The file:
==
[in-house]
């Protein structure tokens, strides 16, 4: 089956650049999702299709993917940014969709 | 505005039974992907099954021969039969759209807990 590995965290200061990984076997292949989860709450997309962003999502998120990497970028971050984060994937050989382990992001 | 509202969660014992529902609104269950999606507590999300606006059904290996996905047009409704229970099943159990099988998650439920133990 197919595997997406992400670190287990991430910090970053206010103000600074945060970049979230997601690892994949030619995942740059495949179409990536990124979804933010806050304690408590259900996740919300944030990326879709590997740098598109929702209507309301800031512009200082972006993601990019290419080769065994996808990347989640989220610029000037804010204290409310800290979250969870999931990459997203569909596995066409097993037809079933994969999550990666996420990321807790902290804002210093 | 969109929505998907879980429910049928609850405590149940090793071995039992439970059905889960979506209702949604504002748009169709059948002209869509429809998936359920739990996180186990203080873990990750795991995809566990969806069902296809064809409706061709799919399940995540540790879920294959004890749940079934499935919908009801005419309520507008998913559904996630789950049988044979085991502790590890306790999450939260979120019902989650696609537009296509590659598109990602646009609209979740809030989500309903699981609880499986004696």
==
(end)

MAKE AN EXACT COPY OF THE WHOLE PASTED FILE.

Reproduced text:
[in-house]
């Protein structure tokens, strides 16, 4: 089956650049999702299709993917940014969709 | 505005039974992907099954021969039969759209807990 590995965290200061990984076997292949989860709450997309962003999502998120990497970028971050984060994937050989382990992001 | 509202969660014992529902609104269950999606507590999300606006059904290996996905047009409704229970099943159990099988998650439920133990 197919595997997406992400670190287990991430910090970053206010103000600074945060970049979230997601690892994949030619995942740059495949179409990536990124979804933010806050304690408590259900996740919300944030990326879709590997740098598109929702209507309301800031512009200082972006993601990019290419080769065994996808990347989640989220610029000037804010204290409310800290979250969870999931990459997203569909596995066409097993037809079933994969999550990666996420990321807790902290804002210093 | 969109929505998907879980429910049928609850405590149940090793071995039992439970059905889960979506209702949604504002748009169709059948002209869509429809998936359920739990996180186990203080873990990750795991995809566990969806069902296809064809409706061709799919399940995540540790879920294959004890749940079934499935919908009801005419309520507008998913559904996630789950049988044979085991502790590890306790999450939260979120019902989650696609537009296509590659598109990602646009609209979740809030989500309903699981609880499986004696």